So, we have very quick evidence that revenge can be a big factor when it's the superior team in a matchup that lost the opener. This is a big deal. And, it's worth looking for even if it represents a small percentage of total revenge games.

I also wanted you to see what happened in the first halves of these games:

Butler (-9) beat Illinois Chicago 39-16
Loyola Chicago (-5) beat Youngstown State 44-24
Tennessee Tech (-5) beat Morehead State 37-24

HELLO! Talk about breathing fire at the beginning of a game. Butler and Loyola both managed leads of 20 or more points in the first 20 minutes! All three teams covered their FULL GAME spreads in the first half. All three would have covered as favorites of 10-points in the first half alone. Playing the first half line is a great way to take advantage of emotion when it's in place. Handicappers doing that with these favorites went 6-0 ATS Monday Night instead of just 3-0. A 10-8-1 record overall may not get your attention, something like the above should.

Where's the cutoff point for when you should pay attention and when you shouldn't? Different handicappers would have different opinions on that. For me, I like to make a list of all the teams who are "equal to or better" than their opponents based on that night's pointspread. Home court advantage is worth four points in college hoops. That would mean that any road underdogs of +4 or less would be equal to or better than their opponents in the power ratings. Any home favorites of -4 or more would be as well. Let's take a look at those qualifiers. I've taken out all the home underdogs (you can't be the superior team if you're a home underdog) and road underdogs of five points or more.

Butler (-16) beat Illinois Chicago 71-45 (WINNER)
Loyola-Chicago (-9) beat Youngstown State 80-68 (WINNER)
Tennessee Tech (-9) beat Morehead State 65-52 (WINNER)
Wisconsin-Green Bay (-5) lost to Wright State 65-54 (loser)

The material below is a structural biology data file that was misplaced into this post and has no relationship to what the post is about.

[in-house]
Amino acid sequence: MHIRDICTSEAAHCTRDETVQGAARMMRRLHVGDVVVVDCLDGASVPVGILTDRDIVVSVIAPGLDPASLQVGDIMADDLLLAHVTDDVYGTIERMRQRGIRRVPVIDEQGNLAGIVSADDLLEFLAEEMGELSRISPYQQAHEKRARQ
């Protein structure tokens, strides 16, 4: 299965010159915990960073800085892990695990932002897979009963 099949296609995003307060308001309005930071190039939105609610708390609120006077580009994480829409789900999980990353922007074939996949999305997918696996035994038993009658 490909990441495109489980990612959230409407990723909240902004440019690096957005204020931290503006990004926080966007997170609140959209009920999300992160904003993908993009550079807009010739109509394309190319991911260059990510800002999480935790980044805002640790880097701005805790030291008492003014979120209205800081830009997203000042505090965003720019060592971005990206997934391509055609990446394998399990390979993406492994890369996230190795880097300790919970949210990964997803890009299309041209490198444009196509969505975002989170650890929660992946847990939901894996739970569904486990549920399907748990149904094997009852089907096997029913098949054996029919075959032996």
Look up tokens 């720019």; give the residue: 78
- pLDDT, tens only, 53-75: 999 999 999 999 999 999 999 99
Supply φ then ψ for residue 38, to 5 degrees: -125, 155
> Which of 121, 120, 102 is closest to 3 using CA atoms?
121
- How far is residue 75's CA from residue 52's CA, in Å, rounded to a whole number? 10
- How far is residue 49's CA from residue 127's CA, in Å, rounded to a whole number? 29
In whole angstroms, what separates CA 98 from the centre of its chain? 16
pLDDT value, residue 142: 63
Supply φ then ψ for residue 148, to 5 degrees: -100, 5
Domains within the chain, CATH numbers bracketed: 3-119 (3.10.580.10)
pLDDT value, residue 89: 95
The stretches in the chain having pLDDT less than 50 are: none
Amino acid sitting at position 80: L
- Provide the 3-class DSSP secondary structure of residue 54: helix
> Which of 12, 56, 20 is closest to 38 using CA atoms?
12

Siena (+2) lost to Loyola Maryland 72-71 (WINNER)
Murray State (+3) beat Samford 57-51 (WINNER)

How about that? The six teams deemed to be "superior" in their matchups by the Vegas pointspreads went 5-1 ATS in revenge spots. If you apply that "first half" strategy to the three newcomers, you do end up taking a small step backward in this case. Murray State missed a first half cover by a point. The other two games saw the first half result match their full game results.

That leaves you with:
Full Games: 5-1 ATS
First Halves and Full Games: 9-3 ATS

A small step backward from 83% is still 75%, which is nothing to sneeze at.

The beauty of using the pointspreads as your guide is that you don't have to know all the teams inside and out. You're letting the oddsmakers do the work for you, then you're using that work against them. You don't have to follow small conference teams to figure out that Siena is better than Loyola-Maryland. The pointspread of two points for the road dog is telling you that. Anyone could see that Tennessee Tech is better than Morehead State with a pointspread of nine points. When you realize that revenge is in play for the superior team, you can recognize the possible value even if you can't name a player in the whole Ohio Valley Conference.

I hope you'll consider this strategy in the final month of the regular season. I'm not suggesting it will win 83% of the time, or even 75% of the time. It is likely to put you in position for success. You'll be backing the better team with a motivational advantage, which is something quality handicappers always try to do. You may find that the first half lines are particularly vulnerable to this approach. Oddsmakers are basically just cutting the full game lines in a situation where a good team is poised to have a high energy start.

If things haven't been going well for you this season, maybe this approach will help YOU get some revenge!

S.H. Austin